United States District Court, W.D. Virginia, Harrisonburg Division
REPORT & RECOMMENDATION
JOEL C. HOPPE, Magistrate Judge.
This case was referred to the undersigned magistrate judge for the purpose of conducting a felony guilty plea hearing. ECF No. 25. This report and recommendation is submitted to the presiding district judge pursuant to 28 U.S.C. § 636(b)(3). Gheen waived his right to plead before a United States District Judge and consented to proceed before the undersigned magistrate judge.
On October 6, 2014, Gheen appeared with counsel before the magistrate judge, who personally addressed the defendant in open court and admonished the defendant pursuant to Rule 11(b)(1)(A)-(O) of the Federal Rules of Criminal Procedure. Discussing the district judge's role of determining a sentence, the Court explained to the defendant that the sentencing range under the Sentencing Guidelines, which are advisory, not mandatory, would not be determined until a presentence report is written and a sentencing hearing held, that the district judge had the authority to impose a sentence more or less severe than called for in the guidelines, and that the sentence the defendant receives may be different than any estimate given by his attorney. The Court also admonished the defendant that if the district judge does not accept a recommendation set forth in the plea agreement, the defendant will still be bound by his plea and will have no right to withdraw it. Gheen stated that he understood the Court's admonishments.
The attorney for the Government stated the essential terms of the plea agreement, which has been filed with the Court, and the defendant and his counsel agreed that those in fact were the terms of the agreement. The defendant further stated that he had read the plea agreement and understood it. Accordingly, the undersigned finds that the defendant understands the charge to which he is pleading guilty and that his plea was knowingly made. Fed. R. Crim. P. 11(b)(1).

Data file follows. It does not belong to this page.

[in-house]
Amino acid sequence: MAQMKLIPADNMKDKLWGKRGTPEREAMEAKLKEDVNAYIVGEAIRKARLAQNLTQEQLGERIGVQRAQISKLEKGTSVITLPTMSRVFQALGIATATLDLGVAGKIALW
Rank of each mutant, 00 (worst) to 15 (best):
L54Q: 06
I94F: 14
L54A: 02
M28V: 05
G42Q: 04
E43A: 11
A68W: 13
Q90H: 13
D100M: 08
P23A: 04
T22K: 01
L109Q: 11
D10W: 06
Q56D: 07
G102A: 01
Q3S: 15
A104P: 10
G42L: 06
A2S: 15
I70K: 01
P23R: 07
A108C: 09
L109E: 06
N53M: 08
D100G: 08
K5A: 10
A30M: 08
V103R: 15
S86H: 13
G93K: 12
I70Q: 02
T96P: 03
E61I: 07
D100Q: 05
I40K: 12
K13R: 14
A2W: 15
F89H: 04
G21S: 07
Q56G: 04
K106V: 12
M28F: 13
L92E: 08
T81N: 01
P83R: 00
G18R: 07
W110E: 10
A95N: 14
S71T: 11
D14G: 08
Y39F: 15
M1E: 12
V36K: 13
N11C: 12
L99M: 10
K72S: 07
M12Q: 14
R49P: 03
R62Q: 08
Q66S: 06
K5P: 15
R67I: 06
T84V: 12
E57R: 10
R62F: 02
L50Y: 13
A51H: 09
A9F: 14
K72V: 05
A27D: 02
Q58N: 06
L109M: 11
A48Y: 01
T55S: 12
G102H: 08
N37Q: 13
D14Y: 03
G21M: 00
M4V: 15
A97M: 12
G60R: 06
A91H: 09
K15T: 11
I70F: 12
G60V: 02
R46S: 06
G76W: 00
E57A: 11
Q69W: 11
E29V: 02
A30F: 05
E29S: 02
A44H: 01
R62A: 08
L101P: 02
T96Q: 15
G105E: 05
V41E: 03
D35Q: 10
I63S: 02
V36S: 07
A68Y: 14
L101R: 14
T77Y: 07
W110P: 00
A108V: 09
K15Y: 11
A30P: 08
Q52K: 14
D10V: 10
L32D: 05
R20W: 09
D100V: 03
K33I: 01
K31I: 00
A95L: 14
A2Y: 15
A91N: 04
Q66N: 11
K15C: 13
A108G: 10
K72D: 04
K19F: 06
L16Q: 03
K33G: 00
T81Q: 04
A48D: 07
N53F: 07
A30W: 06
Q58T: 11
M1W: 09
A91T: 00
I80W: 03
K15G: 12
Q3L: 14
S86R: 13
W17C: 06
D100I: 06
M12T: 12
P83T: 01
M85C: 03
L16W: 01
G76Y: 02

The Court also addressed Gheen personally as to his competency to plead and the voluntariness of his plea, specifically whether it resulted from force, threats, or promises other than promises made in a plea agreement or open court. Fed. R. Crim. P. 11(b)(2). Based on this discussion, the undersigned found the defendant to be sufficiently competent to enter a plea, that he desired to plead guilty, and that his plea was voluntary.
The Government presented a statement of facts, which has been filed with the Court, regarding the offense to which the defendant pleaded guilty. The defendant testified that he read and discussed the statement of facts with his attorney, agreed that the statement of facts was accurate, and did not contest those facts. Having reviewed the statement of facts, I find that a sufficient factual basis exists for the defendant's guilty plea as to each essential element of the offense charged. Fed. R. Crim. P. 11(b)(3).
The defendant pleaded guilty to the offense of willfully failing to truthfully account for and pay over a tax imposed by Title 26 of the United States Code, in violation of 26 U.S.C. § 7202, as alleged in Count 1 of the Indictment, ECF No. 4. At the plea hearing, the attorney for the Government represented on the record that Counts 2, 3, and 4, of the Indictment would be dismissed at sentencing.
The magistrate judge finds the following:
1. The defendant's guilty plea was taken by the undersigned subject to the acceptance of the plea and sentencing by the assigned district judge and after the defendant consulted with an attorney and executed oral and written waivers;
2. The defendant fully understands the nature of the charges and relevant penalties;
3. The defendant fully understands the terms of the plea agreement;
4. The defendant fully understands his constitutional and statutory rights and wishes to waive those rights;
5. The defendant's guilty plea was freely and voluntarily tendered;
6. The defendant is sufficiently competent to enter a ...